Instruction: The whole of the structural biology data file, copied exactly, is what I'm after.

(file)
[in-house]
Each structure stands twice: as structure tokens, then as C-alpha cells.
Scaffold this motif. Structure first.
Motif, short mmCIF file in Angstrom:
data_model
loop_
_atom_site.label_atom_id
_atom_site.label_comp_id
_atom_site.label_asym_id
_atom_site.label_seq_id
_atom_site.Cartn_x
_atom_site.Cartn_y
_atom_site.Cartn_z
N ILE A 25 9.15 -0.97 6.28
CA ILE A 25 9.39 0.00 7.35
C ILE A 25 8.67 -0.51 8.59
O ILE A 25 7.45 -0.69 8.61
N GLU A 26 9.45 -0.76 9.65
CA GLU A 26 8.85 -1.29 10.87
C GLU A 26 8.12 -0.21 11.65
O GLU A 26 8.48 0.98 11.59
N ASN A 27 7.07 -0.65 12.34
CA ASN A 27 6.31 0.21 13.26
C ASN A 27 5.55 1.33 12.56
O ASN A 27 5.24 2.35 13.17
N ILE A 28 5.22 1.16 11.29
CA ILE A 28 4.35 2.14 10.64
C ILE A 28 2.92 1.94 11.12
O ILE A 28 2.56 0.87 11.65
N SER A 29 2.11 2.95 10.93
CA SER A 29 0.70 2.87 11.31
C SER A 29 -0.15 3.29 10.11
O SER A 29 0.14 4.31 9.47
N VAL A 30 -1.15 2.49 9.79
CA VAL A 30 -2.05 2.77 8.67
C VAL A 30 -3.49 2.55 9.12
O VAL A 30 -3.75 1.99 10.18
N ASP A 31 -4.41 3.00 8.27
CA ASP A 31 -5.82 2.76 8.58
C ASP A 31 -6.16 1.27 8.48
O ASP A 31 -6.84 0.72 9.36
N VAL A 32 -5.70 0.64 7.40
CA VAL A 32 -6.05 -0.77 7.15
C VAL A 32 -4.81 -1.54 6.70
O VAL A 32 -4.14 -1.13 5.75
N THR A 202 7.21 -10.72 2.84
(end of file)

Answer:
[in-house]
Each structure stands twice: as structure tokens, then as C-alpha cells.
Scaffold this motif. Structure first.
Motif, short mmCIF file in Angstrom:
data_model
loop_
_atom_site.label_atom_id
_atom_site.label_comp_id
_atom_site.label_asym_id
_atom_site.label_seq_id
_atom_site.Cartn_x
_atom_site.Cartn_y
_atom_site.Cartn_z
N ILE A 25 9.15 -0.97 6.28
CA ILE A 25 9.39 0.00 7.35
C ILE A 25 8.67 -0.51 8.59
O ILE A 25 7.45 -0.69 8.61
N GLU A 26 9.45 -0.76 9.65
CA GLU A 26 8.85 -1.29 10.87
C GLU A 26 8.12 -0.21 11.65
O GLU A 26 8.48 0.98 11.59
N ASN A 27 7.07 -0.65 12.34
CA ASN A 27 6.31 0.21 13.26
C ASN A 27 5.55 1.33 12.56
O ASN A 27 5.24 2.35 13.17
N ILE A 28 5.22 1.16 11.29
CA ILE A 28 4.35 2.14 10.64
C ILE A 28 2.92 1.94 11.12
O ILE A 28 2.56 0.87 11.65
N SER A 29 2.11 2.95 10.93
CA SER A 29 0.70 2.87 11.31
C SER A 29 -0.15 3.29 10.11
O SER A 29 0.14 4.31 9.47
N VAL A 30 -1.15 2.49 9.79
CA VAL A 30 -2.05 2.77 8.67
C VAL A 30 -3.49 2.55 9.12
O VAL A 30 -3.75 1.99 10.18
N ASP A 31 -4.41 3.00 8.27
CA ASP A 31 -5.82 2.76 8.58
C ASP A 31 -6.16 1.27 8.48
O ASP A 31 -6.84 0.72 9.36
N VAL A 32 -5.70 0.64 7.40
CA VAL A 32 -6.05 -0.77 7.15
C VAL A 32 -4.81 -1.54 6.70
O VAL A 32 -4.14 -1.13 5.75
N THR A 202 7.21 -10.72 2.84